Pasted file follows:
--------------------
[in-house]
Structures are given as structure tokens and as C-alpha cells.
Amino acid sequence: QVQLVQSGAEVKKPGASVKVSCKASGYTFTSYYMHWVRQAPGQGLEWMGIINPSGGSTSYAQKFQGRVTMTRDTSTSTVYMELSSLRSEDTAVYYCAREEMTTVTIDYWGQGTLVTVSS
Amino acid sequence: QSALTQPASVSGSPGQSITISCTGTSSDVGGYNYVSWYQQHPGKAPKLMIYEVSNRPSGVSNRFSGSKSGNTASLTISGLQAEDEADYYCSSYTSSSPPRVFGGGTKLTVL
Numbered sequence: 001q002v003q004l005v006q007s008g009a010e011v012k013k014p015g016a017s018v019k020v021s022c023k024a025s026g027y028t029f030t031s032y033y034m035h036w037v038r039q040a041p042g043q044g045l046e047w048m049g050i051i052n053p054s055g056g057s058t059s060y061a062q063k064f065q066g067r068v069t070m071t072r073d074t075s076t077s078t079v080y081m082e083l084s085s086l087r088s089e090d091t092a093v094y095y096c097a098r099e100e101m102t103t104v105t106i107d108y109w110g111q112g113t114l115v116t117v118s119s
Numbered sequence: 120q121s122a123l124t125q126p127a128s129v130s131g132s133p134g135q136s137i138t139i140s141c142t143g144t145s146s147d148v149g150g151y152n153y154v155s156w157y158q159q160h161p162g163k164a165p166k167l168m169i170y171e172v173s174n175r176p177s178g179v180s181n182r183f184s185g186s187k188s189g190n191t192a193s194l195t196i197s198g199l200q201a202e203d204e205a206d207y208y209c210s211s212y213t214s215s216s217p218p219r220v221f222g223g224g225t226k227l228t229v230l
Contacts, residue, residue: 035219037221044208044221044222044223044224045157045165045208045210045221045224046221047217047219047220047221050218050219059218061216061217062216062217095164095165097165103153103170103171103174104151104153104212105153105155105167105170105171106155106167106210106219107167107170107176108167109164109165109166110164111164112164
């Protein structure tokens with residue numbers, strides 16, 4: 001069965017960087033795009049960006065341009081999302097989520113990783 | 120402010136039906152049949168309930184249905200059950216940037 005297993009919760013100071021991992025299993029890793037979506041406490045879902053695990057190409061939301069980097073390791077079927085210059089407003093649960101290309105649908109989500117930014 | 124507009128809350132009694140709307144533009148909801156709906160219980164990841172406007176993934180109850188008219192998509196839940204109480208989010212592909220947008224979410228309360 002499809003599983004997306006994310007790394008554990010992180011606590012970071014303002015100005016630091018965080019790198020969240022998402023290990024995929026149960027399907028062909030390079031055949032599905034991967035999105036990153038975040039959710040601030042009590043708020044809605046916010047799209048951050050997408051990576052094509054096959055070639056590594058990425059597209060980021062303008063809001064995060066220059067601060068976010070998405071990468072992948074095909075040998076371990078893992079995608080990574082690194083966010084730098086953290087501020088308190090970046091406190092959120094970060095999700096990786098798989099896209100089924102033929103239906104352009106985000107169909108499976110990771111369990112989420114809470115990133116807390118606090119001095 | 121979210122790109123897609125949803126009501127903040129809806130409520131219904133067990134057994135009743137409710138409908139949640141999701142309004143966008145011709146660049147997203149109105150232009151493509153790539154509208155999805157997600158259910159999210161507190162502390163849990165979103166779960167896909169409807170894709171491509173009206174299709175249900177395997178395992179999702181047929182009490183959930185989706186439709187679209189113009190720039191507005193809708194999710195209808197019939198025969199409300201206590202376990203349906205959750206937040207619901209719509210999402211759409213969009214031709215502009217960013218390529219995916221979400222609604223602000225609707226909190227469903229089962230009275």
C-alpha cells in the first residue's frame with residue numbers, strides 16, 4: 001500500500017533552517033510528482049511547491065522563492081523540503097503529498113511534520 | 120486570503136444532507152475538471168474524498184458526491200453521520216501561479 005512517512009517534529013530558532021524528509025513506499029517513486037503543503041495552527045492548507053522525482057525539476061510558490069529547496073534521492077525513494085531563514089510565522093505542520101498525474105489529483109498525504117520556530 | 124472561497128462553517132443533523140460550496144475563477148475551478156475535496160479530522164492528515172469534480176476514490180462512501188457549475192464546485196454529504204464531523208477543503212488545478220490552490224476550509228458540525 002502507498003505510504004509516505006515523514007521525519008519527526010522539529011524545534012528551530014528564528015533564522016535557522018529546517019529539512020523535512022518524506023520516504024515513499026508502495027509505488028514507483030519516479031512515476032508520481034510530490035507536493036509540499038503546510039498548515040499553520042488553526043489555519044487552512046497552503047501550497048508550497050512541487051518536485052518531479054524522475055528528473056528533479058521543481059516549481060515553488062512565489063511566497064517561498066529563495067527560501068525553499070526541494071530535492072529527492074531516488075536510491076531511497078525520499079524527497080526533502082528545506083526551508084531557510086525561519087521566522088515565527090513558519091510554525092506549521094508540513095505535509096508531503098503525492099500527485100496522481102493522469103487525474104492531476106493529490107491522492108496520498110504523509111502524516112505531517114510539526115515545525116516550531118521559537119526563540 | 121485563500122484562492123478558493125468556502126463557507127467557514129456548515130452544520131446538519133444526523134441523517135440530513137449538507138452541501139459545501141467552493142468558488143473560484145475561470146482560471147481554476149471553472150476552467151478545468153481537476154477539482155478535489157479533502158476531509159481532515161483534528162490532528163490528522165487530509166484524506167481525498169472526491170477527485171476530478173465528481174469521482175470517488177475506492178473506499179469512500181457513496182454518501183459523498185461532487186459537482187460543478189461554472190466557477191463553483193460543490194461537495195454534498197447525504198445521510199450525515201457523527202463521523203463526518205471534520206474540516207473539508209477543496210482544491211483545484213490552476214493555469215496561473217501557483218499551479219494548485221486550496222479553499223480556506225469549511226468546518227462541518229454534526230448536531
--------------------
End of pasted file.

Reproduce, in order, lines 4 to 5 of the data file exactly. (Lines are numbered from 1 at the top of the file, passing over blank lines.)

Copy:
Amino acid sequence: QSALTQPASVSGSPGQSITISCTGTSSDVGGYNYVSWYQQHPGKAPKLMIYEVSNRPSGVSNRFSGSKSGNTASLTISGLQAEDEADYYCSSYTSSSPPRVFGGGTKLTVL
Numbered sequence: 001q002v003q004l005v006q007s008g009a010e011v012k013k014p015g016a017s018v019k020v021s022c023k024a025s026g027y028t029f030t031s032y033y034m035h036w037v038r039q040a041p042g043q044g045l046e047w048m049g050i051i052n053p054s055g056g057s058t059s060y061a062q063k064f065q066g067r068v069t070m071t072r073d074t075s076t077s078t079v080y081m082e083l084s085s086l087r088s089e090d091t092a093v094y095y096c097a098r099e100e101m102t103t104v105t106i107d108y109w110g111q112g113t114l115v116t117v118s119s